WHAT I USED:
6 – 1″x2″x8″ wood poles (75¢ each at Home Depot)
1 – 9′x12′ canvas tarp ($27 at Home Depot)
1/2 yard of fabric* (optional, $3 at Hobby Lobby)
stitch witchery* ($3 at Hobby Lobby)
1 roll of sturdy rope* ($5 at Hobby Lobby)
*some of these things were slightly cheaper using Hobby Lobby’s 40% off coupon!
When I started researching making my own teepee, I found a few GREAT tutorials but none with enough pictures, so a lot of this I improvised and it has a gazillion imperfections (don’t look too close), but overall I think it came out great!
Hopefully the pics are self explanatory, but just in case I’ll explain a few things.
1. Cut down the pieces of wood to the height you like. We cut ours down to 7′, as our ceilings are 8 feet tall. This works out perfectly! Also drill one hole about 10″-12″ from one end as seen above, and below…
2. Lie them flat on the ground and thread the rope through each of them. I had to rope one at a time.
3. When you’ve roped them one time, stand them up, loosely setting them a part from each other and tie a secure knot. You will be able to adjust your teepee’s shape and size like crazy later.
4. Once the knot is made space the poles a part they way you’d like them to fit. This will change a little if you move it around, but the next step will secure the overall width of your teepee. Use most, if not all of the rope to fasten the poles together by wrapping it around and around, and especially under the “wrapped” part, and between the poles themselves. 5. Pull the tarp over your teepee frame. This is the step that required a little bit of improvisation (is that a word?)… or winging it. You also want a piece of chalk handy. I used sidewalk chalk! Pull the tarp over each “triangle” of the teepee frame and trace it with the chalk. You will want half of a triangle for the front, if you want it to flap open as seen in the example at the very top of this post. Trace each triangle, and then cut, one by one. You can use the edge of the tarp (already hemmed!) for the front flaps. Some triangles may be wider, and some more narrow.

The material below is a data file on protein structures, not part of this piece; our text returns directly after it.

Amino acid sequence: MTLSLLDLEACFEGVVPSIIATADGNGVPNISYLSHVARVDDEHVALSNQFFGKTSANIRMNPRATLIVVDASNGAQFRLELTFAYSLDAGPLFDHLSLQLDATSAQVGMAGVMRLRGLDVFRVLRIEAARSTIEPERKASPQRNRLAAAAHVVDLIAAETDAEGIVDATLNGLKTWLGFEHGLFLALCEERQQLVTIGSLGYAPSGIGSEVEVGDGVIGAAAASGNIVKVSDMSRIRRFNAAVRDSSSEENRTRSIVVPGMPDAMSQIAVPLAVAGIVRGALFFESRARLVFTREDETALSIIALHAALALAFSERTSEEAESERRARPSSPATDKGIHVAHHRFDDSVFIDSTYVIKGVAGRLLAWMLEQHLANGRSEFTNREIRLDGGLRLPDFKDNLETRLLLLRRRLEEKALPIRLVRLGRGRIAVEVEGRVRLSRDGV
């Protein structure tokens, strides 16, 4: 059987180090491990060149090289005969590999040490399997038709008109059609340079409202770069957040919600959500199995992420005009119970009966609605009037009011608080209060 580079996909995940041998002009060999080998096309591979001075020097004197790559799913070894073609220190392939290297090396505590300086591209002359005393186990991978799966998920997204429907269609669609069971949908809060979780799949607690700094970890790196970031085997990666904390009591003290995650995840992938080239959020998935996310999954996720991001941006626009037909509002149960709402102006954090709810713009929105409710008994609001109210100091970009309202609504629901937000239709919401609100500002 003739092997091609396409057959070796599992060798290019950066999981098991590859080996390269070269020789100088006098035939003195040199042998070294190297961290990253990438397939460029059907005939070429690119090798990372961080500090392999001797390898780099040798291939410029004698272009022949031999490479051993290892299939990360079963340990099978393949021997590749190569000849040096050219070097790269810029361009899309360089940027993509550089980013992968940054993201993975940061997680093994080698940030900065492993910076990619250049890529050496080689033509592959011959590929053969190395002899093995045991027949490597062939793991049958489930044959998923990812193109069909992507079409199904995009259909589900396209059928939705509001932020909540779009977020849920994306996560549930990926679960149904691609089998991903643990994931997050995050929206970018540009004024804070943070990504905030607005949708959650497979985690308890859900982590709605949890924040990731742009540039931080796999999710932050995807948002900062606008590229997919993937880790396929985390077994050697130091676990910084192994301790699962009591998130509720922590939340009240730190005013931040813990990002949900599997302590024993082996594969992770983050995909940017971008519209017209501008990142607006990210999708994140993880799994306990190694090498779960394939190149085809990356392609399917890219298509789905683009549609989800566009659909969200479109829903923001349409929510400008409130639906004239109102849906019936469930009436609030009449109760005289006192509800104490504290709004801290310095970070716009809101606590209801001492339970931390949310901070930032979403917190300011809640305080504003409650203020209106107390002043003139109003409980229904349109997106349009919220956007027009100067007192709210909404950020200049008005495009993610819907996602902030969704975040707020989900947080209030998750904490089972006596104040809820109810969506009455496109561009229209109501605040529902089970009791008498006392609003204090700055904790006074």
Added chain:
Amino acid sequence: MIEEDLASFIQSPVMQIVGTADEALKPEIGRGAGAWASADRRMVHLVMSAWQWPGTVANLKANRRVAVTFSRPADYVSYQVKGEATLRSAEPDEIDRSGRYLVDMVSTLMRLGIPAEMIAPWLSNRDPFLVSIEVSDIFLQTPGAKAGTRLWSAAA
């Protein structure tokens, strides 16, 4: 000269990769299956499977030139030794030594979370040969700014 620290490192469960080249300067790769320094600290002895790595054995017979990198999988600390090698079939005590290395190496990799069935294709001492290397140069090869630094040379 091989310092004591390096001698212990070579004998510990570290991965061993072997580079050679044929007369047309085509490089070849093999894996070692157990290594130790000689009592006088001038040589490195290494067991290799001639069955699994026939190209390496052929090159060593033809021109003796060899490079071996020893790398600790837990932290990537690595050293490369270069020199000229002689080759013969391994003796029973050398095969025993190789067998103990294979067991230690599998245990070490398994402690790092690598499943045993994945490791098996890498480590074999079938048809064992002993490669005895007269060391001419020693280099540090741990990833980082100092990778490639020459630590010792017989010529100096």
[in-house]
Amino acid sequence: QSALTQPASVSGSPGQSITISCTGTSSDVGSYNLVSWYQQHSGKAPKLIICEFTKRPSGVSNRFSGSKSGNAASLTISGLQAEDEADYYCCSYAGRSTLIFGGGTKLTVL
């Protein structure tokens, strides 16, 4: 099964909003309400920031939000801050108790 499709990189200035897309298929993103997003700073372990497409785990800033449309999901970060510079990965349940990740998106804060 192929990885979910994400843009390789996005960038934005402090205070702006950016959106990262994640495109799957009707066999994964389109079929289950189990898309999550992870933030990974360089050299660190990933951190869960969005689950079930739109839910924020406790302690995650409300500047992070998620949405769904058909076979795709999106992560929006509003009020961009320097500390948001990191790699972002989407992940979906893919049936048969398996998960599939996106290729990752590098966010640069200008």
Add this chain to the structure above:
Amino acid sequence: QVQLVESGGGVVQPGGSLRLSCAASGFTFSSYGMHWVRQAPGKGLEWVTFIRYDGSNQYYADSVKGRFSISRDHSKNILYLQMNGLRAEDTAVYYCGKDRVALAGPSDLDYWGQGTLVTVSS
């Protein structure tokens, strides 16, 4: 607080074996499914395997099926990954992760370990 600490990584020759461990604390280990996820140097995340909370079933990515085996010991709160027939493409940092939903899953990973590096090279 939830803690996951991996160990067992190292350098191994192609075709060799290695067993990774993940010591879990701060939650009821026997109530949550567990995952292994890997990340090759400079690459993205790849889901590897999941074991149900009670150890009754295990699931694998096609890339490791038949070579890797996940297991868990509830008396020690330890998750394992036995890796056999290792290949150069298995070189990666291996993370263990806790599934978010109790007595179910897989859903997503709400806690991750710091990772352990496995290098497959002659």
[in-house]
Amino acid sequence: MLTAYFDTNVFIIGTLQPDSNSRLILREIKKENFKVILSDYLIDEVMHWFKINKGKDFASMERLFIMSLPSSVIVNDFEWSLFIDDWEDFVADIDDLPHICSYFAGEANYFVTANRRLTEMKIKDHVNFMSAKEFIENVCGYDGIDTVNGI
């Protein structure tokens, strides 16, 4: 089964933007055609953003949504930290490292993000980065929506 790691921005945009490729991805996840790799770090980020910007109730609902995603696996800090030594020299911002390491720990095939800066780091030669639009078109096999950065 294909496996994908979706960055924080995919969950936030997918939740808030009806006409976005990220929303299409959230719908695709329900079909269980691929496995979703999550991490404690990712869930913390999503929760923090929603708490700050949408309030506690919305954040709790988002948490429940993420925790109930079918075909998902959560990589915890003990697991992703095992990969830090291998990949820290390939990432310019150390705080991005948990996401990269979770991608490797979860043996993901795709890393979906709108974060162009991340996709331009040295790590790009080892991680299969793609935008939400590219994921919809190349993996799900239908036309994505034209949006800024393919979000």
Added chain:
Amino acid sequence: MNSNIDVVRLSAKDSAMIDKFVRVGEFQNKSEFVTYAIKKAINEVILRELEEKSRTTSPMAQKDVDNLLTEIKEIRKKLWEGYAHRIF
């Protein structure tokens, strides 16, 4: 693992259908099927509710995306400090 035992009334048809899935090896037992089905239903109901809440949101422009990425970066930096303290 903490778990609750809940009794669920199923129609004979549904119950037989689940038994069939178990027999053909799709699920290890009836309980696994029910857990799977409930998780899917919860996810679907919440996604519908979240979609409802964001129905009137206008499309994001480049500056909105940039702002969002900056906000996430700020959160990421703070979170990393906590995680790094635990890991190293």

6. Cut each piece out as you trace it. Lay them out in the order you you cut them.
7. Begin sewing them together. Leave the halves unsewed… you will need this opening later.
9. Once all your triangles are sewed together, fit over the teepee to test it out, though you may want to test it along the way.10. Clip holes along the top half of the front flaps, to string the rope through. This will enable you to loosen or tighten up the teepee as you need.
11. I more or less placed the fabric against the front flaps and cut them, you might want to do this before stringing it together and placing it over the frame (it would have saved me a lot of time!) Use the stitch witchery (a.k.a. MAGIC!) to adhere it to your canvas tarp.
12. And you’re done!